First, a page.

empty sports stadium seats

Event organisers: How to handle event cancellations

The Coronavirus pandemic has seen most events cancelled over the next few months. Many of our event organiser clients are asking how they should respond? This is easier for those that had chosen to purchase insurance cover for communicable diseases but very difficult for the many event organisers that did not.

Our first pointer is always to look at the contract terms you have in place with your clients: This should clearly state whether you can cancel and what liability you have to refund your customers. Hopefully you will have a clause that specifies your responsibilities in the event of an occurrence beyond your control, often known as ‘force majeure’. If your contract has been well constructed then there should be no arguments, but that does not mean you can get away with anything.

Steve Thomas is a Commercial Partner at law firm Harrison Clark Rickerbys with a specialism in events, he comments:

Business to Business (B2B) contracts can be challenged under the Unfair Contract Terms Act 1977 (UCTA) and Business to Consumer (B2C) contracts can be challenged under the Consumer Rights Act 2015 (CRA). So even if you have express rights in your contract to cancel without refund to your customer it is possible that this provision could still be challenged:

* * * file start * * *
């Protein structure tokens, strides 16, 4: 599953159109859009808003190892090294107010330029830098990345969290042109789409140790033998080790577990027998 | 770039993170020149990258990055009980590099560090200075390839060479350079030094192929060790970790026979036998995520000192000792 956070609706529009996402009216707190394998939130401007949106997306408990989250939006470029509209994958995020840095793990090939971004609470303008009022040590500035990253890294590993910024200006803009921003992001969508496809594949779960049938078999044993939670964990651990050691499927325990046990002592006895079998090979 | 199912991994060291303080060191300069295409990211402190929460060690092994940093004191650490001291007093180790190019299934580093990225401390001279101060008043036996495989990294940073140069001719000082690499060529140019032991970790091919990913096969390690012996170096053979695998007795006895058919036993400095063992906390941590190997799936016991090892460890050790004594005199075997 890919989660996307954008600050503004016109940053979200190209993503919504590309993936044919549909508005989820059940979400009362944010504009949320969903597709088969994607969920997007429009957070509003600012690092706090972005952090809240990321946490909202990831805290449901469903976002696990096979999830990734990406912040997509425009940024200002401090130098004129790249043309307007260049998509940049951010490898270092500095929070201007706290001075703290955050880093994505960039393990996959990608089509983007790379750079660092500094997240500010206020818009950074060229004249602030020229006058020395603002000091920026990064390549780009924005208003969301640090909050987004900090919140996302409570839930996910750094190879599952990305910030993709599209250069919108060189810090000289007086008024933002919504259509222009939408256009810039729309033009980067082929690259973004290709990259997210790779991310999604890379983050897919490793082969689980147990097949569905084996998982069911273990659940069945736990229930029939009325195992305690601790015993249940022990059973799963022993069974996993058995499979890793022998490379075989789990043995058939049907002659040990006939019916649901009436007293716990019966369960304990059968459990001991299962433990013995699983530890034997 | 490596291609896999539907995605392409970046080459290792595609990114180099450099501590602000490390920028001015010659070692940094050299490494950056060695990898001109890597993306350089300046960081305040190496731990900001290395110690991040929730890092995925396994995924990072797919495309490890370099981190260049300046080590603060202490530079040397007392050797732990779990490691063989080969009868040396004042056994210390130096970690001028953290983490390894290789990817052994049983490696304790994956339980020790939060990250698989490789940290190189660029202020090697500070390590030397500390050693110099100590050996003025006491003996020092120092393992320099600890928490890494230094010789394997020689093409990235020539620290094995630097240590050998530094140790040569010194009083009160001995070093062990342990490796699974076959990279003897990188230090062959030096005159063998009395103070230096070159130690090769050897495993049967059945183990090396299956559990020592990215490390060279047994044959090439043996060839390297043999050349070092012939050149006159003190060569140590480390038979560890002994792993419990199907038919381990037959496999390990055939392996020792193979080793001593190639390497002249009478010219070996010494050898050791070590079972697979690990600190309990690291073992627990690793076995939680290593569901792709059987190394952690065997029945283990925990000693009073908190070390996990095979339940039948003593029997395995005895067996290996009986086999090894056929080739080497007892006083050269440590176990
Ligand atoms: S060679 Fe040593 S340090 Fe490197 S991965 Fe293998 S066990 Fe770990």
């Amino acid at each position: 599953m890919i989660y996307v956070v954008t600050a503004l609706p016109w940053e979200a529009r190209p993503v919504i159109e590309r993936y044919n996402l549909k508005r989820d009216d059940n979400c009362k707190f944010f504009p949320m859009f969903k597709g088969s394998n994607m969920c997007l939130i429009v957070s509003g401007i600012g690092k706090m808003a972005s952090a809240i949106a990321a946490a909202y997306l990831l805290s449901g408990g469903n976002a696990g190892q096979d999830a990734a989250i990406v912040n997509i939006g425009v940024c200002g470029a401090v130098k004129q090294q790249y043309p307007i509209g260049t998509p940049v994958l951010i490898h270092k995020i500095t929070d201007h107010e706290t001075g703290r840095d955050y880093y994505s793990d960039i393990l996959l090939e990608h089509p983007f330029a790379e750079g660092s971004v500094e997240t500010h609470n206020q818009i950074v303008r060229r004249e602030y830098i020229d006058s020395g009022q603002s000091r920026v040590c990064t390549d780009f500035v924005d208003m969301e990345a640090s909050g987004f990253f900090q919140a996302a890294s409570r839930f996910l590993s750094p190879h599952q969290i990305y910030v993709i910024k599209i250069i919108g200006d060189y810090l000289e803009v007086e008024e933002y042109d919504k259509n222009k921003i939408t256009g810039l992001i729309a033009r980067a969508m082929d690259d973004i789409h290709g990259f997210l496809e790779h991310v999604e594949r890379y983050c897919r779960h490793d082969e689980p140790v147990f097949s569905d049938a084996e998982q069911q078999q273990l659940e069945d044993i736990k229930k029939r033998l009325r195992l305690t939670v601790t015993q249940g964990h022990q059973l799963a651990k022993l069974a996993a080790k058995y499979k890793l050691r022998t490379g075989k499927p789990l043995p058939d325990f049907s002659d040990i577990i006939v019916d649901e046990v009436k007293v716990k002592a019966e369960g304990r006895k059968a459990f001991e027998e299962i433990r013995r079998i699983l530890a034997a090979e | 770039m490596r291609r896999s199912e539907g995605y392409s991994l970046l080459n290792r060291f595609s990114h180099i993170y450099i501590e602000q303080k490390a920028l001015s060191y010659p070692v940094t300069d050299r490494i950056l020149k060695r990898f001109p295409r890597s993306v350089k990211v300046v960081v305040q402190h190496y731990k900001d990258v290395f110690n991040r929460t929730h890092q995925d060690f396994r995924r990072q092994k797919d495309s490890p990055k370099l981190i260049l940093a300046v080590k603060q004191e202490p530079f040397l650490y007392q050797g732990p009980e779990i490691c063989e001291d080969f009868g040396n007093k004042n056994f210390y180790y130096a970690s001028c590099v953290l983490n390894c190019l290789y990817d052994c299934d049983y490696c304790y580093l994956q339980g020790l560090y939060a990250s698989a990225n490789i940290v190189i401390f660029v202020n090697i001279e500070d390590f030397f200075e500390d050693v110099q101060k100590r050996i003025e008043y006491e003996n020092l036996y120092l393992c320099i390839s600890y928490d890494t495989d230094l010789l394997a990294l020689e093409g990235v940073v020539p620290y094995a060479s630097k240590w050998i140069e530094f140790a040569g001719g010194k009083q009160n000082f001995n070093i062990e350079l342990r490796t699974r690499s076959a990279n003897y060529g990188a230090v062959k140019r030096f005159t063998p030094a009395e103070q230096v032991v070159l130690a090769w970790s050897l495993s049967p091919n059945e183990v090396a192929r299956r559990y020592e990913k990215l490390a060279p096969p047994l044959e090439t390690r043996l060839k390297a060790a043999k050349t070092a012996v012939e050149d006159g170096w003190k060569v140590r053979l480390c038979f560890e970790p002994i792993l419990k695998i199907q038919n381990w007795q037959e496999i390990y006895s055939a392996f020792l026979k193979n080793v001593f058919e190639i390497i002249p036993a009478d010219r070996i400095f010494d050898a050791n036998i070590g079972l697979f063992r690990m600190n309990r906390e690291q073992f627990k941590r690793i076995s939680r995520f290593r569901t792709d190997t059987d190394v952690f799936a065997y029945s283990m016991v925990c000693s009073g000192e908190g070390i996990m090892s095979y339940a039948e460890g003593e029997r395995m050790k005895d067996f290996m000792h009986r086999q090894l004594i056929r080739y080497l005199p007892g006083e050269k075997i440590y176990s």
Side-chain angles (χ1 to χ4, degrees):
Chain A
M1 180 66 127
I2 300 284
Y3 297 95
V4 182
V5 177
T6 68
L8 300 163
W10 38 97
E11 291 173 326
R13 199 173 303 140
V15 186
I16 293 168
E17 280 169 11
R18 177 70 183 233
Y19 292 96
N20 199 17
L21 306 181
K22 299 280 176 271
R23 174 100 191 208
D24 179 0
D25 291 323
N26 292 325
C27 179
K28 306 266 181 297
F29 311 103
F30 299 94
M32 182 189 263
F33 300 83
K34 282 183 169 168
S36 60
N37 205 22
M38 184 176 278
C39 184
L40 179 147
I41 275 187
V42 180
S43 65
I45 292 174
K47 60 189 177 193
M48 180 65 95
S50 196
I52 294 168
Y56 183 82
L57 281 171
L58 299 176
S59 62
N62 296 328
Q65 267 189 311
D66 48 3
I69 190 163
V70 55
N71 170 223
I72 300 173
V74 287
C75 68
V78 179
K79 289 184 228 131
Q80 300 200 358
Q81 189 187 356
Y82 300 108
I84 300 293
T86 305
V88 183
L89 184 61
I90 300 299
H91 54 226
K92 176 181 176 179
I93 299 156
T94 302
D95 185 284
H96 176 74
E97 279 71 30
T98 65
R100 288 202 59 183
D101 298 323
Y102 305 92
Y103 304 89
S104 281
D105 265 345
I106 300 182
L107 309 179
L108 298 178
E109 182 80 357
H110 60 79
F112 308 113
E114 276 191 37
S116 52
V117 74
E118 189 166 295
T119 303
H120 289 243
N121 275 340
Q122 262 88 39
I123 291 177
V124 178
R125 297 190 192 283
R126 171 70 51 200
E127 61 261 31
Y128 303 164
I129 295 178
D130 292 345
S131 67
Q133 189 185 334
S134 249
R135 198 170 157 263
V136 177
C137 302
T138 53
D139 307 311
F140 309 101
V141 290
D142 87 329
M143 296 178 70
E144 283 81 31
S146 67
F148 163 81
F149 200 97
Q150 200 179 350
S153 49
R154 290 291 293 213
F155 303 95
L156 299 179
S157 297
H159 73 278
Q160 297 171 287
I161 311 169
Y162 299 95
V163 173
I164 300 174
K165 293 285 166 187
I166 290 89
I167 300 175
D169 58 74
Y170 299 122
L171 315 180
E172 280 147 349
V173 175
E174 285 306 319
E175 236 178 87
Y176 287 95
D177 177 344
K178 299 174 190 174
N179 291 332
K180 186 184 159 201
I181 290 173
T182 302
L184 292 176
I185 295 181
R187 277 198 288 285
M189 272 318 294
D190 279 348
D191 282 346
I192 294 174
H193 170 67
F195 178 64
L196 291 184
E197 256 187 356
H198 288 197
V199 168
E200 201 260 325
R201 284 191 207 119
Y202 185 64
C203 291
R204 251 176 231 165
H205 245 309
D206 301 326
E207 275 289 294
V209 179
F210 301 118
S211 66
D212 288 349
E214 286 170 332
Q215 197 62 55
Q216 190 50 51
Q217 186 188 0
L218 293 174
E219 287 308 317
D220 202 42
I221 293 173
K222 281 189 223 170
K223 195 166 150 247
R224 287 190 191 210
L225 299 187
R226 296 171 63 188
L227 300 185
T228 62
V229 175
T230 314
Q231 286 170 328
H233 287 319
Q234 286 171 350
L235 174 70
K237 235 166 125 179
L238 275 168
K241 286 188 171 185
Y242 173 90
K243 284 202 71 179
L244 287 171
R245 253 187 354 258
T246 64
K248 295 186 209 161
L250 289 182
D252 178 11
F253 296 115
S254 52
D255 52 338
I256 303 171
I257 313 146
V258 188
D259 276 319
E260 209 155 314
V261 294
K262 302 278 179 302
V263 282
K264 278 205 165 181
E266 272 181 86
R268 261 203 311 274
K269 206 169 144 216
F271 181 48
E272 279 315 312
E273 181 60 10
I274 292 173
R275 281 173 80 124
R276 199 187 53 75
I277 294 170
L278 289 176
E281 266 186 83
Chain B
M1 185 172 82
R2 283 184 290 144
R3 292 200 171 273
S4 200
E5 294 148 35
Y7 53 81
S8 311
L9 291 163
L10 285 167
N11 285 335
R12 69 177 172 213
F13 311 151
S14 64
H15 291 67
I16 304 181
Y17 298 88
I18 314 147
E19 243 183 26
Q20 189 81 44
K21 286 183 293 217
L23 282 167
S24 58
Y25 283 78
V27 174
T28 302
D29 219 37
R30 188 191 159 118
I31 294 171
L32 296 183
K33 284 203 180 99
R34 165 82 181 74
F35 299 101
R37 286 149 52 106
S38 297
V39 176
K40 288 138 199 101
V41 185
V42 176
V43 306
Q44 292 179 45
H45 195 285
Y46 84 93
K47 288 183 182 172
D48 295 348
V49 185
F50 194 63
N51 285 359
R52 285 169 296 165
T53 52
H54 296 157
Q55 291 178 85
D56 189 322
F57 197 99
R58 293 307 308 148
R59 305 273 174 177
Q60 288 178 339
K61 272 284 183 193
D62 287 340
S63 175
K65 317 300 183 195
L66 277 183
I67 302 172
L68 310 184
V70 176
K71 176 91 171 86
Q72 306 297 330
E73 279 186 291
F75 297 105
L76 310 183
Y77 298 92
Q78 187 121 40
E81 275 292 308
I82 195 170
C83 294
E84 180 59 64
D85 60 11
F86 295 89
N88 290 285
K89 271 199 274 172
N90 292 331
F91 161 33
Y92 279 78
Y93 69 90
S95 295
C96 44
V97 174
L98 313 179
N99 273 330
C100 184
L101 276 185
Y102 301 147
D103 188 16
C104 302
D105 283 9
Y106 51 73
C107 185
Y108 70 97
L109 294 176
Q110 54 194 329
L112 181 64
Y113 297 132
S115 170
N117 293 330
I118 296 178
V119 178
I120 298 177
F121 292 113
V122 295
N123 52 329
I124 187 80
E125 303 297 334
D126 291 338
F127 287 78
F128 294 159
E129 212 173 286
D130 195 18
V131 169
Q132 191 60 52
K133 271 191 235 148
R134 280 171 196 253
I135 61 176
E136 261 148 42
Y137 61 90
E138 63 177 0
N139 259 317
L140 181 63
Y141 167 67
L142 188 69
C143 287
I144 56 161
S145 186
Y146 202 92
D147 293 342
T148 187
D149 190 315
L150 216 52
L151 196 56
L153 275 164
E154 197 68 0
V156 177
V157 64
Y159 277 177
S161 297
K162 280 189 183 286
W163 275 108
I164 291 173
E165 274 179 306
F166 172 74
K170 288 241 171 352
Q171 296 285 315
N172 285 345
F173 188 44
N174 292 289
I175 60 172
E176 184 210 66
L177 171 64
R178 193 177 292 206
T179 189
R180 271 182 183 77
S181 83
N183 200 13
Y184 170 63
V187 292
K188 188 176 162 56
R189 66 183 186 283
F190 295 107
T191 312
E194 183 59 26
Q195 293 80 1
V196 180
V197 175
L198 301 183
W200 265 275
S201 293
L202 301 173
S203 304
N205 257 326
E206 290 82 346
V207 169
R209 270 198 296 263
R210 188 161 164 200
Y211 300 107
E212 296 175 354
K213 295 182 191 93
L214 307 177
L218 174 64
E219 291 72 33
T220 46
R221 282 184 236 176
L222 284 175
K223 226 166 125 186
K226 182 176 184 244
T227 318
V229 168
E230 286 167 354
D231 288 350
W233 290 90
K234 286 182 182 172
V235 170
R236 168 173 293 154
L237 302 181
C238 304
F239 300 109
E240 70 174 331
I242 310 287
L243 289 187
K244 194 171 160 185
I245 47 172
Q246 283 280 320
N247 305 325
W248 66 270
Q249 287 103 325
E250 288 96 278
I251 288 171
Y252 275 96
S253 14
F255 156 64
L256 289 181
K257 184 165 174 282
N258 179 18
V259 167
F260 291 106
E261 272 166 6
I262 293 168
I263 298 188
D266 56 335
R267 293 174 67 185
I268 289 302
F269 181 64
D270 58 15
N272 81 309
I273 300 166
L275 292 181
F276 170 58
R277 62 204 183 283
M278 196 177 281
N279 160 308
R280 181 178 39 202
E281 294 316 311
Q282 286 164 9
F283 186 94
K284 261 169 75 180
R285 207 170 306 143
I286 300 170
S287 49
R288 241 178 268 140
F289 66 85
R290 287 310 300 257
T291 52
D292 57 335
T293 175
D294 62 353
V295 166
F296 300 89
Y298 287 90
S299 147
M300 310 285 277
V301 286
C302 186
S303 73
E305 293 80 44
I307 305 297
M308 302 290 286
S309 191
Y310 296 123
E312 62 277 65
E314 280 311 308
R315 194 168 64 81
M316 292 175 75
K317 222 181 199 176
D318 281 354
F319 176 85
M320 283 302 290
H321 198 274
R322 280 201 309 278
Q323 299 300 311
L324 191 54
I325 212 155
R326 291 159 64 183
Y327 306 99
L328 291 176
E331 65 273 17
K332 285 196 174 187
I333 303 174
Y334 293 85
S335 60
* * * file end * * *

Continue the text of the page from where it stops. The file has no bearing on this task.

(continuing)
• A clause in a B2B contract on the event organiser’s standard terms may be challenged if the effect of the clause is to allow the event organiser to “render contractual performance substantially different from that which was reasonably expected or to render no performance at all”.

  • C2C contracts are expected to be even more considerate to customers; According to guidance published by the Competition and Markets Authority, a term which requires a customer to go on paying when services are not provided as agreed, simply at the discretion of the event organiser, is particularly objectionable. However, terms which allow businesses some flexibility in the performance of their duties are more likely to be ‘fair’ when they are clearly in circumstances beyond the business’ control.

Event organisers should consider these risks carefully and, where at all possible, take a balanced approach to their cancellation and refund policies.

As an insurance broker specialising in sports & leisure, we insure a wide variety of events in the UK and abroad. Our team has seen cancellations, postponements and disruptions for all manner of reasons; from extreme weather to double booking of venues and, of course, communicable disease.

Duncan Sutcliffe, director, Mann Broadbent, added: “Whether your event is insured for disruption or not, we urge event organisers to look at their contracts. We have seen far too many event organisers left with huge costs or facing online abuse from disgruntled customers because their contracts were badly constructed.”

If you would like advice on insuring your event please get in touch with the Mann Broadbent team on 01905 612336 or via email